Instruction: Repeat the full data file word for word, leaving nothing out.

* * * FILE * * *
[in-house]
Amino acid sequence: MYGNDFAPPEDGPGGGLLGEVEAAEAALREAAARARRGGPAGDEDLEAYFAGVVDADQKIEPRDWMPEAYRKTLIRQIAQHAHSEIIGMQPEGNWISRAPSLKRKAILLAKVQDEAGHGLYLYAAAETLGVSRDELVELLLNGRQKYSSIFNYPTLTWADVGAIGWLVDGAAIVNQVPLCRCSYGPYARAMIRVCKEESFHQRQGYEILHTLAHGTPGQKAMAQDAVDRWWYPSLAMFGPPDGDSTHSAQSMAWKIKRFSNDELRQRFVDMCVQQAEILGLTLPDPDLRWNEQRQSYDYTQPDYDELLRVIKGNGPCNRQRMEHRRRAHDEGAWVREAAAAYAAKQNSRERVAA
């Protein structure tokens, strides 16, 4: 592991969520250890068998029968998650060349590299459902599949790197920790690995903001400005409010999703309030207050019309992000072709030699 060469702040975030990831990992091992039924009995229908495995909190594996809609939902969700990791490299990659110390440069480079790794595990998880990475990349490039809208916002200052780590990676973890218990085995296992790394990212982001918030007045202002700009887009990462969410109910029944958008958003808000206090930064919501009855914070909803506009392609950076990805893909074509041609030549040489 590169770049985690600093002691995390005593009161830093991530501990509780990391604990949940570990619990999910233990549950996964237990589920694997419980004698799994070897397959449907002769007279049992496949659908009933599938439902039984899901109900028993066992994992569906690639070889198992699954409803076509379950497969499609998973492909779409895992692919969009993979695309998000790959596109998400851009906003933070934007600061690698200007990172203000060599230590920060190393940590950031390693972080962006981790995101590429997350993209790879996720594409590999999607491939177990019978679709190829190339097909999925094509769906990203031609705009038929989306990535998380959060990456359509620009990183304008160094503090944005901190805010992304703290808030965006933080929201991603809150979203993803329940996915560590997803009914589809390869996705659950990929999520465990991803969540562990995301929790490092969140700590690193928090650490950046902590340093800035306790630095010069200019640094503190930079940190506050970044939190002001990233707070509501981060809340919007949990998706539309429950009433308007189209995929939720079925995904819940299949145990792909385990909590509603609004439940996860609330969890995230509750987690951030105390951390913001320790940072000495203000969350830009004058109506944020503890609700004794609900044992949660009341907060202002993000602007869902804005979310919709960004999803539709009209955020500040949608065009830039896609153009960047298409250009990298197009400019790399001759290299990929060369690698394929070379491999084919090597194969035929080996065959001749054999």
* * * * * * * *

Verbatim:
[in-house]
Amino acid sequence: MYGNDFAPPEDGPGGGLLGEVEAAEAALREAAARARRGGPAGDEDLEAYFAGVVDADQKIEPRDWMPEAYRKTLIRQIAQHAHSEIIGMQPEGNWISRAPSLKRKAILLAKVQDEAGHGLYLYAAAETLGVSRDELVELLLNGRQKYSSIFNYPTLTWADVGAIGWLVDGAAIVNQVPLCRCSYGPYARAMIRVCKEESFHQRQGYEILHTLAHGTPGQKAMAQDAVDRWWYPSLAMFGPPDGDSTHSAQSMAWKIKRFSNDELRQRFVDMCVQQAEILGLTLPDPDLRWNEQRQSYDYTQPDYDELLRVIKGNGPCNRQRMEHRRRAHDEGAWVREAAAAYAAKQNSRERVAA
């Protein structure tokens, strides 16, 4: 592991969520250890068998029968998650060349590299459902599949790197920790690995903001400005409010999703309030207050019309992000072709030699 060469702040975030990831990992091992039924009995229908495995909190594996809609939902969700990791490299990659110390440069480079790794595990998880990475990349490039809208916002200052780590990676973890218990085995296992790394990212982001918030007045202002700009887009990462969410109910029944958008958003808000206090930064919501009855914070909803506009392609950076990805893909074509041609030549040489 590169770049985690600093002691995390005593009161830093991530501990509780990391604990949940570990619990999910233990549950996964237990589920694997419980004698799994070897397959449907002769007279049992496949659908009933599938439902039984899901109900028993066992994992569906690639070889198992699954409803076509379950497969499609998973492909779409895992692919969009993979695309998000790959596109998400851009906003933070934007600061690698200007990172203000060599230590920060190393940590950031390693972080962006981790995101590429997350993209790879996720594409590999999607491939177990019978679709190829190339097909999925094509769906990203031609705009038929989306990535998380959060990456359509620009990183304008160094503090944005901190805010992304703290808030965006933080929201991603809150979203993803329940996915560590997803009914589809390869996705659950990929999520465990991803969540562990995301929790490092969140700590690193928090650490950046902590340093800035306790630095010069200019640094503190930079940190506050970044939190002001990233707070509501981060809340919007949990998706539309429950009433308007189209995929939720079925995904819940299949145990792909385990909590509603609004439940996860609330969890995230509750987690951030105390951390913001320790940072000495203000969350830009004058109506944020503890609700004794609900044992949660009341907060202002993000602007869902804005979310919709960004999803539709009209955020500040949608065009830039896609153009960047298409250009990298197009400019790399001759290299990929060369690698394929070379491999084919090597194969035929080996065959001749054999």